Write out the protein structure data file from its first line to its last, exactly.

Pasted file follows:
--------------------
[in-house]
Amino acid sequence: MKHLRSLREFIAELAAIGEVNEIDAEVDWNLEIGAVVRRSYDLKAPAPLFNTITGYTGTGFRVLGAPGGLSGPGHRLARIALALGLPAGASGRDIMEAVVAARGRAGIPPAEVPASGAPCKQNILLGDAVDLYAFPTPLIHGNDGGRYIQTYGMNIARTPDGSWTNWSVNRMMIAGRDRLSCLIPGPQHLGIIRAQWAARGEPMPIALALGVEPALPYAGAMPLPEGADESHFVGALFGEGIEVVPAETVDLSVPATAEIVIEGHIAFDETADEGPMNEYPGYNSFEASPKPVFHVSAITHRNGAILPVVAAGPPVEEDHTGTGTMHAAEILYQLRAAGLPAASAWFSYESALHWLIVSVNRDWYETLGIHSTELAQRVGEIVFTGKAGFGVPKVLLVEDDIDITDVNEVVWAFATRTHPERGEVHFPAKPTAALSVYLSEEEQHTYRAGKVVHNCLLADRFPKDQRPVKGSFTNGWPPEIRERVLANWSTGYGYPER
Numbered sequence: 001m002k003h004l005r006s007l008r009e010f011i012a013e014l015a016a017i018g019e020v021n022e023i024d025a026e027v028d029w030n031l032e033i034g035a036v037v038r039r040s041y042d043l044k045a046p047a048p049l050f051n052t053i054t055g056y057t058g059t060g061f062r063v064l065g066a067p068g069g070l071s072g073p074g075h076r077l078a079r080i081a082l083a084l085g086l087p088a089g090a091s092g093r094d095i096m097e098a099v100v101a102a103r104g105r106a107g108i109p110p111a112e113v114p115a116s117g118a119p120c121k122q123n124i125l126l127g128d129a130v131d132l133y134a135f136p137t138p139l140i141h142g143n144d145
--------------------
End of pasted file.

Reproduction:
[in-house]
Amino acid sequence: MKHLRSLREFIAELAAIGEVNEIDAEVDWNLEIGAVVRRSYDLKAPAPLFNTITGYTGTGFRVLGAPGGLSGPGHRLARIALALGLPAGASGRDIMEAVVAARGRAGIPPAEVPASGAPCKQNILLGDAVDLYAFPTPLIHGNDGGRYIQTYGMNIARTPDGSWTNWSVNRMMIAGRDRLSCLIPGPQHLGIIRAQWAARGEPMPIALALGVEPALPYAGAMPLPEGADESHFVGALFGEGIEVVPAETVDLSVPATAEIVIEGHIAFDETADEGPMNEYPGYNSFEASPKPVFHVSAITHRNGAILPVVAAGPPVEEDHTGTGTMHAAEILYQLRAAGLPAASAWFSYESALHWLIVSVNRDWYETLGIHSTELAQRVGEIVFTGKAGFGVPKVLLVEDDIDITDVNEVVWAFATRTHPERGEVHFPAKPTAALSVYLSEEEQHTYRAGKVVHNCLLADRFPKDQRPVKGSFTNGWPPEIRERVLANWSTGYGYPER
Numbered sequence: 001m002k003h004l005r006s007l008r009e010f011i012a013e014l015a016a017i018g019e020v021n022e023i024d025a026e027v028d029w030n031l032e033i034g035a036v037v038r039r040s041y042d043l044k045a046p047a048p049l050f051n052t053i054t055g056y057t058g059t060g061f062r063v064l065g066a067p068g069g070l071s072g073p074g075h076r077l078a079r080i081a082l083a084l085g086l087p088a089g090a091s092g093r094d095i096m097e098a099v100v101a102a103r104g105r106a107g108i109p110p111a112e113v114p115a116s117g118a119p120c121k122q123n124i125l126l127g128d129a130v131d132l133y134a135f136p137t138p139l140i141h142g143n144d145